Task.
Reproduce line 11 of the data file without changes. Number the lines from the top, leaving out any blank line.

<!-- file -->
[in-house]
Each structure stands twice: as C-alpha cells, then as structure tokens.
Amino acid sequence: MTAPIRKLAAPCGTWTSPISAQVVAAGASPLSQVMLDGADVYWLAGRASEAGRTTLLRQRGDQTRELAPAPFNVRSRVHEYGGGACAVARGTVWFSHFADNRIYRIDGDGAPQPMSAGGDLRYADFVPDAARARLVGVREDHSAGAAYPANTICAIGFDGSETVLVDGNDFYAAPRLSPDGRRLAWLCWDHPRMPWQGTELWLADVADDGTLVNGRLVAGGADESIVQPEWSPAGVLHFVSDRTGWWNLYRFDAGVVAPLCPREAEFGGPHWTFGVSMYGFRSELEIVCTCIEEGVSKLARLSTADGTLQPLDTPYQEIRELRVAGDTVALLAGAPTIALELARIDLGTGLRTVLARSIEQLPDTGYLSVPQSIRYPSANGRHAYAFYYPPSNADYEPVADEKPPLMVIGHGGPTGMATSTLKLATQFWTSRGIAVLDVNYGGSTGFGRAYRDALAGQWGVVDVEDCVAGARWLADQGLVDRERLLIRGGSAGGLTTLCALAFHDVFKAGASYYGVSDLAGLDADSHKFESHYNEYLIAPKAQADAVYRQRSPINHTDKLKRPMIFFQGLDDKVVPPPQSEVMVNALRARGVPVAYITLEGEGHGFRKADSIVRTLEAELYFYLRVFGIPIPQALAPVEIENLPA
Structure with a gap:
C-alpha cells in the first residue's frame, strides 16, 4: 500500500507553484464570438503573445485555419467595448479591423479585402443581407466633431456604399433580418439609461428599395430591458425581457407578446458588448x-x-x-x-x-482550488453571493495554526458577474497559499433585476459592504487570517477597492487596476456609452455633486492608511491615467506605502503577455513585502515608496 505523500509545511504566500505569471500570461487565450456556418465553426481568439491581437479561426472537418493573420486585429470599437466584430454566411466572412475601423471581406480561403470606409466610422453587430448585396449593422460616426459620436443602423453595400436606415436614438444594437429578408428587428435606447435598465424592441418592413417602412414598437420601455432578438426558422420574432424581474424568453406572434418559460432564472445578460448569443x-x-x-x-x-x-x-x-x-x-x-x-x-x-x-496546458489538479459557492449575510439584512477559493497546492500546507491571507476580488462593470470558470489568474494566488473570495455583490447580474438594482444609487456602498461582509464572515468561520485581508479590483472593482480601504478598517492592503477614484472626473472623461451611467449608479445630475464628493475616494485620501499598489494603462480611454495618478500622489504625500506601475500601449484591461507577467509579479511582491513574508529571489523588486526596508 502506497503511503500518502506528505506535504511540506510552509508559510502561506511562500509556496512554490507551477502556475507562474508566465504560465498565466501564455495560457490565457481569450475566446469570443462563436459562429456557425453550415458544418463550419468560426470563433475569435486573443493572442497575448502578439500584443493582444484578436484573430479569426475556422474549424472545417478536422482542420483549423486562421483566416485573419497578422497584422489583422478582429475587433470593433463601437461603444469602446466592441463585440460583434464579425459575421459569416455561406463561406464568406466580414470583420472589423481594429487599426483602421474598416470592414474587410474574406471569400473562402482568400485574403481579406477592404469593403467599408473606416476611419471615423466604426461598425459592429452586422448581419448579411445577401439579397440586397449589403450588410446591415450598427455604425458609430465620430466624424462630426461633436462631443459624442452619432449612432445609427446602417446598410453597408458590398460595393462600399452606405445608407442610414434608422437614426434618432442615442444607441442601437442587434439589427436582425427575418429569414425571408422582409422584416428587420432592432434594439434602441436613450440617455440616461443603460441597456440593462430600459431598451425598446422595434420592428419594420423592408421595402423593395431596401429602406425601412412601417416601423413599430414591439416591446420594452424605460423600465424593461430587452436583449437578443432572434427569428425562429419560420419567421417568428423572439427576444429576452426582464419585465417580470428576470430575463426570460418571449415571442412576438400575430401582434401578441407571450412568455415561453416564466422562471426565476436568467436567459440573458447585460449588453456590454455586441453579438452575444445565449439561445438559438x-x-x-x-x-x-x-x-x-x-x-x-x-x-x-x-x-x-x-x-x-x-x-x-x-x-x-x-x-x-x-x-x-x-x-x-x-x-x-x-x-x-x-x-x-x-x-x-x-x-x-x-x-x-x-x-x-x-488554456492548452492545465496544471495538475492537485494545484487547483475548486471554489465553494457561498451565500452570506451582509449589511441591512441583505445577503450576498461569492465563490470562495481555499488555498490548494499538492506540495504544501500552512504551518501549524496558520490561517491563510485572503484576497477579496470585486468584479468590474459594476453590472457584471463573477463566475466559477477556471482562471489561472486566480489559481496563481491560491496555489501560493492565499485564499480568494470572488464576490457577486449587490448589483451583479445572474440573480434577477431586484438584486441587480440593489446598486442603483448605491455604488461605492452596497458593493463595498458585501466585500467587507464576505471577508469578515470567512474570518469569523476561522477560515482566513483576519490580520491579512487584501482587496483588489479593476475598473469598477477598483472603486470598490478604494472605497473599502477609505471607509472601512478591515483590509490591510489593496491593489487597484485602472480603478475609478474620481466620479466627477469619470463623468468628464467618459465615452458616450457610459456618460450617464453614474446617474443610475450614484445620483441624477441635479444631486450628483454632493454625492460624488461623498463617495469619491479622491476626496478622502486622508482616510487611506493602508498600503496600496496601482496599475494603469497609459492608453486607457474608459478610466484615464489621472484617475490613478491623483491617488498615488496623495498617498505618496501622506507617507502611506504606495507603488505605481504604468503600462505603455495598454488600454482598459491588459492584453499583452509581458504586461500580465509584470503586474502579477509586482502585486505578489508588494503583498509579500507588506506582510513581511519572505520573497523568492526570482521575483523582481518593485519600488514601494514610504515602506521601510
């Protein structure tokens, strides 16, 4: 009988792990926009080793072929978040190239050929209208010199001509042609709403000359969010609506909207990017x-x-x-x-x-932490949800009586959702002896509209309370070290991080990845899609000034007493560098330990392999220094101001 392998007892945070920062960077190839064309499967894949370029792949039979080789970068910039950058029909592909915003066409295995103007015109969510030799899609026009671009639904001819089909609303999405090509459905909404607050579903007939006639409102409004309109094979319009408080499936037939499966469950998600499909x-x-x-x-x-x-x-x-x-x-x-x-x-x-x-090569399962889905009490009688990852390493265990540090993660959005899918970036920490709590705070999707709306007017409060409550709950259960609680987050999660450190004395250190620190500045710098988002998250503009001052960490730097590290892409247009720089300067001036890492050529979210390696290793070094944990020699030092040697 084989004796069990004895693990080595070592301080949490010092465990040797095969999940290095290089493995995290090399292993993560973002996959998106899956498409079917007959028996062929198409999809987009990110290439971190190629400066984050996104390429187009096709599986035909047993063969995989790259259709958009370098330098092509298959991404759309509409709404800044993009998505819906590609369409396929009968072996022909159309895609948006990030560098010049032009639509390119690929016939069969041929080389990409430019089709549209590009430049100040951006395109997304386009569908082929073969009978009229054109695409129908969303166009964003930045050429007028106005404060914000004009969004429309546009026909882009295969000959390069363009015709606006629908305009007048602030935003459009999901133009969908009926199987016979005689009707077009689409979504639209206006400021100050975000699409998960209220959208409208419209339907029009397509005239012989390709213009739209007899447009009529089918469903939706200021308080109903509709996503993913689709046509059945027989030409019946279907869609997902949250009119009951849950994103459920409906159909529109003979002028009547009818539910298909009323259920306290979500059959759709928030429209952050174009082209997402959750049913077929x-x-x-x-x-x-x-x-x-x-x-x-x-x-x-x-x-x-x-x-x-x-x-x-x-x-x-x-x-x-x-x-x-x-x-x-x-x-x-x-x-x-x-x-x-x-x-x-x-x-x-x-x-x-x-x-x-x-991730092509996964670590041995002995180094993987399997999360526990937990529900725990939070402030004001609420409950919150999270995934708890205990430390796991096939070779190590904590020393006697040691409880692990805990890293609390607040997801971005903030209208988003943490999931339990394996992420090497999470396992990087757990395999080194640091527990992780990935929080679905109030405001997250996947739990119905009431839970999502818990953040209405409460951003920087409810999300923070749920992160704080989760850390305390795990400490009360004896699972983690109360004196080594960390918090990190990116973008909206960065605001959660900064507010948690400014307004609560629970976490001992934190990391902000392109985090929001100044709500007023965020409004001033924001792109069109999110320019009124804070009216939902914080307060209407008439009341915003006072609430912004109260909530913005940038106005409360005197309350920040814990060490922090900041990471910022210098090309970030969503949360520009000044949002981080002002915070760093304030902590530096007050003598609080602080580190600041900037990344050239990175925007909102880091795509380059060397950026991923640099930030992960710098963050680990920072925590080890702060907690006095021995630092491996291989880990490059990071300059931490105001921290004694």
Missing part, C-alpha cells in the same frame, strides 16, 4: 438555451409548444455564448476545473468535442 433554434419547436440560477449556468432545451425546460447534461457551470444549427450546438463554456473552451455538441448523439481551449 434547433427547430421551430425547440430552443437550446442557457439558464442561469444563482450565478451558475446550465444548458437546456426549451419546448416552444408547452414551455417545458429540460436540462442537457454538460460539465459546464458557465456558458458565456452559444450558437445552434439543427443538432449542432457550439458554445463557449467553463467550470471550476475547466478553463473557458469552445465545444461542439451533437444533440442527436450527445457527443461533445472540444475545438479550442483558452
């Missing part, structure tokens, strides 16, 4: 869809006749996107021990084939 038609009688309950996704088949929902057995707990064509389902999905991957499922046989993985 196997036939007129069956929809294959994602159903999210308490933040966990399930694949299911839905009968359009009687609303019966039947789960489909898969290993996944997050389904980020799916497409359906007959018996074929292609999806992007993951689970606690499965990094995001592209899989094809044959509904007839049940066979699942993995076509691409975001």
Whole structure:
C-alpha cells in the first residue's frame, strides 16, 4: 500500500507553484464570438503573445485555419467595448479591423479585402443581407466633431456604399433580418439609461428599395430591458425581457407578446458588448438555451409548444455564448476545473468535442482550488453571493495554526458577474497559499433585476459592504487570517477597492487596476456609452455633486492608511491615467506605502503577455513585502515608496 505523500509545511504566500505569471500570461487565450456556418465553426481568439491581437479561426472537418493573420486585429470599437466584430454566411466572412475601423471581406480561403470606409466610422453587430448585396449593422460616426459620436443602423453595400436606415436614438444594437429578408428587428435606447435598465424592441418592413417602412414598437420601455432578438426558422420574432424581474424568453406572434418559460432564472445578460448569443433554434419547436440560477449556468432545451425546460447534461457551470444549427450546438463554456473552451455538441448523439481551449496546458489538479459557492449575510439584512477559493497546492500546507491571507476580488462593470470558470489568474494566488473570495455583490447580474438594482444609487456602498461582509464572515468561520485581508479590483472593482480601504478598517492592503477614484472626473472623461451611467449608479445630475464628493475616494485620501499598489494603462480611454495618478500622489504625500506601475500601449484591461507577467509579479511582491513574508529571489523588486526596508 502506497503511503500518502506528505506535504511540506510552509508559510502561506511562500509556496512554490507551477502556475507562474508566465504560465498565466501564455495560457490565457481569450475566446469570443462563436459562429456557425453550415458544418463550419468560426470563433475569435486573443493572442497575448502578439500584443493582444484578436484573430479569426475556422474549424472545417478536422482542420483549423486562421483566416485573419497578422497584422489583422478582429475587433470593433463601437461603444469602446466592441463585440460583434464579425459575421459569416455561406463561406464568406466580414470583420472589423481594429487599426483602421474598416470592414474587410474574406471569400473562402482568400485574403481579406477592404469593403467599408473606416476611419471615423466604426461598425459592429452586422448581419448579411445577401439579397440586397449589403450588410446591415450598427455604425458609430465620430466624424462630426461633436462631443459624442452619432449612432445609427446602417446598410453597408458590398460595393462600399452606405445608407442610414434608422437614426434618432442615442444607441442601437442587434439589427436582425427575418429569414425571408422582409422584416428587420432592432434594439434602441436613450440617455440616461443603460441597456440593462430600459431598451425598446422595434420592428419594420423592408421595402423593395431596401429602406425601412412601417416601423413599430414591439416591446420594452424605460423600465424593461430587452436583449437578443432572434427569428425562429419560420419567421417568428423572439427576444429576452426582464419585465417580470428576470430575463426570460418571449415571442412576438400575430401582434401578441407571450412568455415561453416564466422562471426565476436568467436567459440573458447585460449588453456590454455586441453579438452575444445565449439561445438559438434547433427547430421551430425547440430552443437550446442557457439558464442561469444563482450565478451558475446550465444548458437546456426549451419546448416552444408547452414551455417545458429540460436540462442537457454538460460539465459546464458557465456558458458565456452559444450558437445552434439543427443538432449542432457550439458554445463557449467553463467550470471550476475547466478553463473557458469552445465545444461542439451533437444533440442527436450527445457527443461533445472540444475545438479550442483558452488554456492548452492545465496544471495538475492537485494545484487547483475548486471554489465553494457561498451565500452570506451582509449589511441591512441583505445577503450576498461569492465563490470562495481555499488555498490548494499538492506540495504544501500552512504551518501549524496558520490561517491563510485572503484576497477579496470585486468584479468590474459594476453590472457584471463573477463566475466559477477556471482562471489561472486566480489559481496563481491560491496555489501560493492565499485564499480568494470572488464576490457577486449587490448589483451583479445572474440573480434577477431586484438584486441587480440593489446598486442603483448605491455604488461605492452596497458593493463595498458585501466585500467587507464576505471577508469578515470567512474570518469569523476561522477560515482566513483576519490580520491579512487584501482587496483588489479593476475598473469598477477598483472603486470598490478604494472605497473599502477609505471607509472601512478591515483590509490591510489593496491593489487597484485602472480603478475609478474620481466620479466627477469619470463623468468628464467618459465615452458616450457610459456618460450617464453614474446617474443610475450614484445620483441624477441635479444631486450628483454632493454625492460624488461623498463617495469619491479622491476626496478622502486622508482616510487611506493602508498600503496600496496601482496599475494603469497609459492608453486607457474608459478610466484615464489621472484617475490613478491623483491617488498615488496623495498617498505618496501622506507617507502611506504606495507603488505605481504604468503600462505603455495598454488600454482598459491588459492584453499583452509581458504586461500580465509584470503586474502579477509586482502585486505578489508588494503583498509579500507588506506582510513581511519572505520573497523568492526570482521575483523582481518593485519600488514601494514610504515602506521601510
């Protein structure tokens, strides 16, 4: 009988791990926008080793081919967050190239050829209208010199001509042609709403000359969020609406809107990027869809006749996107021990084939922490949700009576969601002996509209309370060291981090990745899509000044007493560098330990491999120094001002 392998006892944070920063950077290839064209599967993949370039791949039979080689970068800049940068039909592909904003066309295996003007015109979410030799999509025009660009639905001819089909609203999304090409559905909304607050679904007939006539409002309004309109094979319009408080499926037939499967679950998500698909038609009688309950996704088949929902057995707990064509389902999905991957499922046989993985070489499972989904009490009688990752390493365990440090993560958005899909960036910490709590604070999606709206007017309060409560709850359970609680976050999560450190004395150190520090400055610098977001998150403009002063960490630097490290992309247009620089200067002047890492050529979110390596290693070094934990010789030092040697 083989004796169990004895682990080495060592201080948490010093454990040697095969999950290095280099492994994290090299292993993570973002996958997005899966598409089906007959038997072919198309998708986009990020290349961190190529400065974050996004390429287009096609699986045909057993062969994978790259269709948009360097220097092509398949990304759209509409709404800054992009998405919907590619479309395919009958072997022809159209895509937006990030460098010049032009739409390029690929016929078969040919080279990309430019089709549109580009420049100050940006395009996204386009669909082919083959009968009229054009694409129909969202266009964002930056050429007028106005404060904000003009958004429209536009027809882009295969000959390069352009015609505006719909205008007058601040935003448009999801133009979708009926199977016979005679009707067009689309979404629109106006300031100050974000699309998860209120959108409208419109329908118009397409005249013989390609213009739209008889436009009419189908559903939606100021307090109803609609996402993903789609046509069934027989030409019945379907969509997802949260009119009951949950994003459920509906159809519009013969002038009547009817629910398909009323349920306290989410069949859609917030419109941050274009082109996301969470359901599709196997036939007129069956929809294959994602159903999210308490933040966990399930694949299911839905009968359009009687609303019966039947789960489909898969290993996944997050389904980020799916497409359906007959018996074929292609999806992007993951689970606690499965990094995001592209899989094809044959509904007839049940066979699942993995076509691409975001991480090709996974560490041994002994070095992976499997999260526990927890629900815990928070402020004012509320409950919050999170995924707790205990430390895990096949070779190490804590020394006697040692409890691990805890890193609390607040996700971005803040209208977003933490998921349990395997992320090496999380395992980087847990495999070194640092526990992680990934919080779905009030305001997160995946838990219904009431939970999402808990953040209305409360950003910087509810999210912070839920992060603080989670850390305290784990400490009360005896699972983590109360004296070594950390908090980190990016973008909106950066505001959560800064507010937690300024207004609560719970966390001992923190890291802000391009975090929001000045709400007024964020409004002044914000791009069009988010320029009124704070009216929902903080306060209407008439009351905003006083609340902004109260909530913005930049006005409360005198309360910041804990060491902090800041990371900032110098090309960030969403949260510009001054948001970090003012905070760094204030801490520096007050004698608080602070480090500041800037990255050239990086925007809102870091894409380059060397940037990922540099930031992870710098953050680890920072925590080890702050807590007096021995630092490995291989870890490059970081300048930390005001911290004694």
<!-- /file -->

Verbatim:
């Protein structure tokens, strides 16, 4: 009988791990926008080793081919967050190239050829209208010199001509042609709403000359969020609406809107990027869809006749996107021990084939922490949700009576969601002996509209309370060291981090990745899509000044007493560098330990491999120094001002 392998006892944070920063950077290839064209599967993949370039791949039979080689970068800049940068039909592909904003066309295996003007015109979410030799999509025009660009639905001819089909609203999304090409559905909304607050679904007939006539409002309004309109094979319009408080499926037939499967679950998500698909038609009688309950996704088949929902057995707990064509389902999905991957499922046989993985070489499972989904009490009688990752390493365990440090993560958005899909960036910490709590604070999606709206007017309060409560709850359970609680976050999560450190004395150190520090400055610098977001998150403009002063960490630097490290992309247009620089200067002047890492050529979110390596290693070094934990010789030092040697 083989004796169990004895682990080495060592201080948490010093454990040697095969999950290095280099492994994290090299292993993570973002996958997005899966598409089906007959038997072919198309998708986009990020290349961190190529400065974050996004390429287009096609699986045909057993062969994978790259269709948009360097220097092509398949990304759209509409709404800054992009998405919907590619479309395919009958072997022809159209895509937006990030460098010049032009739409390029690929016929078969040919080279990309430019089709549109580009420049100050940006395009996204386009669909082919083959009968009229054009694409129909969202266009964002930056050429007028106005404060904000003009958004429209536009027809882009295969000959390069352009015609505006719909205008007058601040935003448009999801133009979708009926199977016979005679009707067009689309979404629109106006300031100050974000699309998860209120959108409208419109329908118009397409005249013989390609213009739209008889436009009419189908559903939606100021307090109803609609996402993903789609046509069934027989030409019945379907969509997802949260009119009951949950994003459920509906159809519009013969002038009547009817629910398909009323349920306290989410069949859609917030419109941050274009082109996301969470359901599709196997036939007129069956929809294959994602159903999210308490933040966990399930694949299911839905009968359009009687609303019966039947789960489909898969290993996944997050389904980020799916497409359906007959018996074929292609999806992007993951689970606690499965990094995001592209899989094809044959509904007839049940066979699942993995076509691409975001991480090709996974560490041994002994070095992976499997999260526990927890629900815990928070402020004012509320409950919050999170995924707790205990430390895990096949070779190490804590020394006697040692409890691990805890890193609390607040996700971005803040209208977003933490998921349990395997992320090496999380395992980087847990495999070194640092526990992680990934919080779905009030305001997160995946838990219904009431939970999402808990953040209305409360950003910087509810999210912070839920992060603080989670850390305290784990400490009360005896699972983590109360004296070594950390908090980190990016973008909106950066505001959560800064507010937690300024207004609560719970966390001992923190890291802000391009975090929001000045709400007024964020409004002044914000791009069009988010320029009124704070009216929902903080306060209407008439009351905003006083609340902004109260909530913005930049006005409360005198309360910041804990060491902090800041990371900032110098090309960030969403949260510009001054948001970090003012905070760094204030801490520096007050004698608080602070480090500041800037990255050239990086925007809102870091894409380059060397940037990922540099930031992870710098953050680890920072925590080890702050807590007096021995630092490995291989870890490059970081300048930390005001911290004694």